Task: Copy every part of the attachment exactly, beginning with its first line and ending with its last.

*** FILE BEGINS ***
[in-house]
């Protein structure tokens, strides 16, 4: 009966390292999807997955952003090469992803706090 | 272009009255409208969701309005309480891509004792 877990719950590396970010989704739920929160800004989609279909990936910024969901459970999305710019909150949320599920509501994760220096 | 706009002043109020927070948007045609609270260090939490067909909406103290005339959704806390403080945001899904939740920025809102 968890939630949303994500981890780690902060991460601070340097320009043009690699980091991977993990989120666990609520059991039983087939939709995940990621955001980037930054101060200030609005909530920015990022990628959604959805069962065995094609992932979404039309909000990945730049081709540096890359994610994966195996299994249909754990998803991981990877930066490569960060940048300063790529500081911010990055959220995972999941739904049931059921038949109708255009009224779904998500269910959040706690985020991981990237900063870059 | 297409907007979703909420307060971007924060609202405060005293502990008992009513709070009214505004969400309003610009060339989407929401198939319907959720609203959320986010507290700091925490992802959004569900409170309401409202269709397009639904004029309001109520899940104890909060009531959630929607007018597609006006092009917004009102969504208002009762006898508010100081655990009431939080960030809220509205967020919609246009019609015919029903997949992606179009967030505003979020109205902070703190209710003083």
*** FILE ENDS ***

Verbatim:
[in-house]
């Protein structure tokens, strides 16, 4: 009966390292999807997955952003090469992803706090 | 272009009255409208969701309005309480891509004792 877990719950590396970010989704739920929160800004989609279909990936910024969901459970999305710019909150949320599920509501994760220096 | 706009002043109020927070948007045609609270260090939490067909909406103290005339959704806390403080945001899904939740920025809102 968890939630949303994500981890780690902060991460601070340097320009043009690699980091991977993990989120666990609520059991039983087939939709995940990621955001980037930054101060200030609005909530920015990022990628959604959805069962065995094609992932979404039309909000990945730049081709540096890359994610994966195996299994249909754990998803991981990877930066490569960060940048300063790529500081911010990055959220995972999941739904049931059921038949109708255009009224779904998500269910959040706690985020991981990237900063870059 | 297409907007979703909420307060971007924060609202405060005293502990008992009513709070009214505004969400309003610009060339989407929401198939319907959720609203959320986010507290700091925490992802959004569900409170309401409202269709397009639904004029309001109520899940104890909060009531959630929607007018597609006006092009917004009102969504208002009762006898508010100081655990009431939080960030809220509205967020919609246009019609015919029903997949992606179009967030505003979020109205902070703190209710003083």